90. Slang To act or speak with effrontery. Used in the imperative to express contempt or disdainful disbelief.
91. Slang To have an orgasm.
93. To feel great pleasure or gratification.
94. To experience euphoria, for example, as a result of taking a drug.
95. To get permission to leave one's workplace:
got off early and went fishing.
96. To be or continue on harmonious terms:
She gets on well with the neighbors.
97. To manage or fare with reasonable success.
98. To make progress; continue:
get on with a performance.
99. To advance in years.
100. To acquire understanding or knowledge:
got on to the con game.
101. To leave or escape.
102. To cause to leave or escape.
103. To become known:
Somehow the secret got out.
104. To publish, as a newspaper.
105. To prevail against; overcome.
106. To recover from:
finally got over the divorce.
107. To get across.
108. To arrive at the end of; finish or complete.
109. To succeed in making contact; reach.
110. To make oneself understood.
111. To begin. Used with the present participle:
got to reminiscing.
112. To start to deal with:
didn't get to the housework until Sunday.
113. To influence or affect, especially adversely:
The noise really gets to me.
114. To bring together; gather.
115. To come together.
116. To arrive at an agreement.
117. To arise from bed or rise to one's feet.
118. To climb.
119. To act as the creator or organizer of:
got up a petition against rezoning.
120. To dress or adorn:
She got herself up in a bizarre outfit.
121. To find within oneself:
trying to get up the nerve to quit.
122. To find the time or occasion for.
123. To escape the consequences of (a blameworthy act, for example):
got away with cheating but was later caught.
124. To take revenge on.
125. To begin to work; get started.
126. To obtain revenge.
127. To repay with an equivalent act, as for revenge.
128. To make a beginning; get started.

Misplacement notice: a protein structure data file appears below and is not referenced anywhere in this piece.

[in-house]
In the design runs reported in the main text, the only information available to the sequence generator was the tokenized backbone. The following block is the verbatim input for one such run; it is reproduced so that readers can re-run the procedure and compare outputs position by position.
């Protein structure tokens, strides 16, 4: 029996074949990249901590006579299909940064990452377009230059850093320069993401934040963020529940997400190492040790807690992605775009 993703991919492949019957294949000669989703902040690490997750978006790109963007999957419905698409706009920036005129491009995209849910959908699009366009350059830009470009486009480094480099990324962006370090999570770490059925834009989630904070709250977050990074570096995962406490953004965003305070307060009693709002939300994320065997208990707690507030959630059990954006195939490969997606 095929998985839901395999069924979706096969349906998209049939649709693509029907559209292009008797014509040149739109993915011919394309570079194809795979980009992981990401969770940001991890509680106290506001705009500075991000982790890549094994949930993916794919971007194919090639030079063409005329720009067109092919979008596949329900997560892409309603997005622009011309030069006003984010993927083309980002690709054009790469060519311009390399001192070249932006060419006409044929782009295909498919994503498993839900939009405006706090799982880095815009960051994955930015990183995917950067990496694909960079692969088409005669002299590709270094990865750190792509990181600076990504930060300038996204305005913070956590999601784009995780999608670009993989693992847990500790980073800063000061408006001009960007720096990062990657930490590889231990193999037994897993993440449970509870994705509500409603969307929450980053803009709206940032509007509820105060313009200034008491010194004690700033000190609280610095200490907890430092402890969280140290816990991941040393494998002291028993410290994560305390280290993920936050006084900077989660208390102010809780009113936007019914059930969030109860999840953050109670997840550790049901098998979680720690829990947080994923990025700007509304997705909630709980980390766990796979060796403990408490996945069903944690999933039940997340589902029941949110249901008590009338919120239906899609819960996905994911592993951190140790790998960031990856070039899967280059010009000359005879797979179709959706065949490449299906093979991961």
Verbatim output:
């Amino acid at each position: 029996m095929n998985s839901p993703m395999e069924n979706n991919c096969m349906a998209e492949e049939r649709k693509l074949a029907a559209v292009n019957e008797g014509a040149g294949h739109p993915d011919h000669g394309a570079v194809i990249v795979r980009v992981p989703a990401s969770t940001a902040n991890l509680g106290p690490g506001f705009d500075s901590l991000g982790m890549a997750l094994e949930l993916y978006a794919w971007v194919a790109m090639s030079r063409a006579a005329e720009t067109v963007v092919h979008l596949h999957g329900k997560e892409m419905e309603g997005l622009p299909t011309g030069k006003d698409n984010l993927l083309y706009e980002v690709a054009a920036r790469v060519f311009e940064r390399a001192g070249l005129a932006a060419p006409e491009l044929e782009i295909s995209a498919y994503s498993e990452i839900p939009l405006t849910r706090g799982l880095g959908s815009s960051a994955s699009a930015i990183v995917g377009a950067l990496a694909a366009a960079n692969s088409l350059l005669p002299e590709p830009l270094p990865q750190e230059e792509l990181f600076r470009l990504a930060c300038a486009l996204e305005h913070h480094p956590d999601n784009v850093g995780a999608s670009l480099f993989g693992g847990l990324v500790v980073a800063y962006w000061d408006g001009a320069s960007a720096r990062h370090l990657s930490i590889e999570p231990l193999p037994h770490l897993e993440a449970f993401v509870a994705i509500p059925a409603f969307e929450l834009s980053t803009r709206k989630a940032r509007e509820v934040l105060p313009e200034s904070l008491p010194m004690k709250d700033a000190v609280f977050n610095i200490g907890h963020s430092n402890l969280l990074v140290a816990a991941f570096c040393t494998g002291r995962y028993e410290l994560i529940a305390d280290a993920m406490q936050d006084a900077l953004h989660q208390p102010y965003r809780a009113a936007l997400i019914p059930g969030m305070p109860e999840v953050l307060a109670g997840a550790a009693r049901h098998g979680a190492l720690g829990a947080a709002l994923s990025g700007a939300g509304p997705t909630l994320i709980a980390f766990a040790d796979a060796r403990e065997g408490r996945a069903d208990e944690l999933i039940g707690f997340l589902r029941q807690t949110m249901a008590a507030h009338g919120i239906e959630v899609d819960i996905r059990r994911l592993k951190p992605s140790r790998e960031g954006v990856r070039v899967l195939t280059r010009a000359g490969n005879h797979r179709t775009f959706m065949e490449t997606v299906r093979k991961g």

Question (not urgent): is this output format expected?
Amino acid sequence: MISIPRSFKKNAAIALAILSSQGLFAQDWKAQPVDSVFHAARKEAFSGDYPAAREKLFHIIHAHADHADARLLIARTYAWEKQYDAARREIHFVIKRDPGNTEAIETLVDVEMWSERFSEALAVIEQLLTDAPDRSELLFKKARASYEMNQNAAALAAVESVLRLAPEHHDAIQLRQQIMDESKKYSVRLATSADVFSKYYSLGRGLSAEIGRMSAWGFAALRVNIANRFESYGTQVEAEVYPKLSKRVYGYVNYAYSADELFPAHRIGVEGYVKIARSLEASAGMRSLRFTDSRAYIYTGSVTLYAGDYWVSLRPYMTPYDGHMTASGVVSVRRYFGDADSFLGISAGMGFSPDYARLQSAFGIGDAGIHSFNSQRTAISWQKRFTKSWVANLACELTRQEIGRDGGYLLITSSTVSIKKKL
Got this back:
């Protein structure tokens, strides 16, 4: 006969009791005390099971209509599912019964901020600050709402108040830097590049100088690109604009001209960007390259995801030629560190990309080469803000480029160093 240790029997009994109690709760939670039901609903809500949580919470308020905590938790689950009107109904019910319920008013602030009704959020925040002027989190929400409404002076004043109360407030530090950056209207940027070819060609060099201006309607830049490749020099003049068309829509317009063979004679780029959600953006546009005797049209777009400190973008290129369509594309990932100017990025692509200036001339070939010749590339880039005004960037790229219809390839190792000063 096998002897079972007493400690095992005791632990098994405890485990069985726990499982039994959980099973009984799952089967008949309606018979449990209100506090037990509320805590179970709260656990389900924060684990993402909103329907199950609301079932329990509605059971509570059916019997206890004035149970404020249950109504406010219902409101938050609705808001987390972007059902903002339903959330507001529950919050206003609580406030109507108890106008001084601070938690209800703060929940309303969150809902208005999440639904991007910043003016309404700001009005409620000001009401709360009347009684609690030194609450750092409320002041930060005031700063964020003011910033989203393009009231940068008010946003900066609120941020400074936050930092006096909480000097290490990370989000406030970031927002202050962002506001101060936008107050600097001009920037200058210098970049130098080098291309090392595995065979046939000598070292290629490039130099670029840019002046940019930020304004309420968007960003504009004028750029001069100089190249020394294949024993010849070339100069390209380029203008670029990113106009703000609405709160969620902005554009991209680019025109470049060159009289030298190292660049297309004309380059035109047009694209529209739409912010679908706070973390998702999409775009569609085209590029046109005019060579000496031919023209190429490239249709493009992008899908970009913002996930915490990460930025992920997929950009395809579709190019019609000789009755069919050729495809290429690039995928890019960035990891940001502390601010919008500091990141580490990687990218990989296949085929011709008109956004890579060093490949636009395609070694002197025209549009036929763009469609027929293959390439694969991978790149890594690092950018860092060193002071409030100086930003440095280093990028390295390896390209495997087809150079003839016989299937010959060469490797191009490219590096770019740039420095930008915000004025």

129. To be punished or scolded.
130. To become filled with energy or excitement.
131. To engage in sexual intercourse.
132. To make no progress.
133. To begin to work.
134. To make angry or vexed.
135. To make progress.
136. To make progress or achieve success.
137. To learn of:
got wind of the scheme.
138. Middle English geten
139. from Old Norse geta * see ghend-
源自 古斯堪的纳维亚语 geta *参见 ghend-
140. The use of get in the passive, as in We got sunburned at the beach, is generally avoided in formal writing. In less formal contexts, however, the construction does provide a useful distinction in attributing a more active role to its subject than would the corresponding passive with be. Thus if Jones has committed a flagrant breach of law in order to test a particular statute, the situation might best be described by the sentence Jones got arrested by the police; whereas if Jones did nothing to provoke the police action, the sentence Jones was arrested by the police would be preferred.
在被动语态使用get ， 如我们在海滩上晒黑了 ， 渐渐在正式写作中避免。但在非正式上下文中，这个结构为使其比相应被动形式be 给予其主语更为主动的角色提供了极为有用的区别。 因此，如果琼斯为了验证特殊法律条文而严重违犯了某法律，最好用以下句子来描绘Jones got arrested by the police， 但如果琼斯没有反抗警察的行为，句子Jones was arrested by the police 比较合宜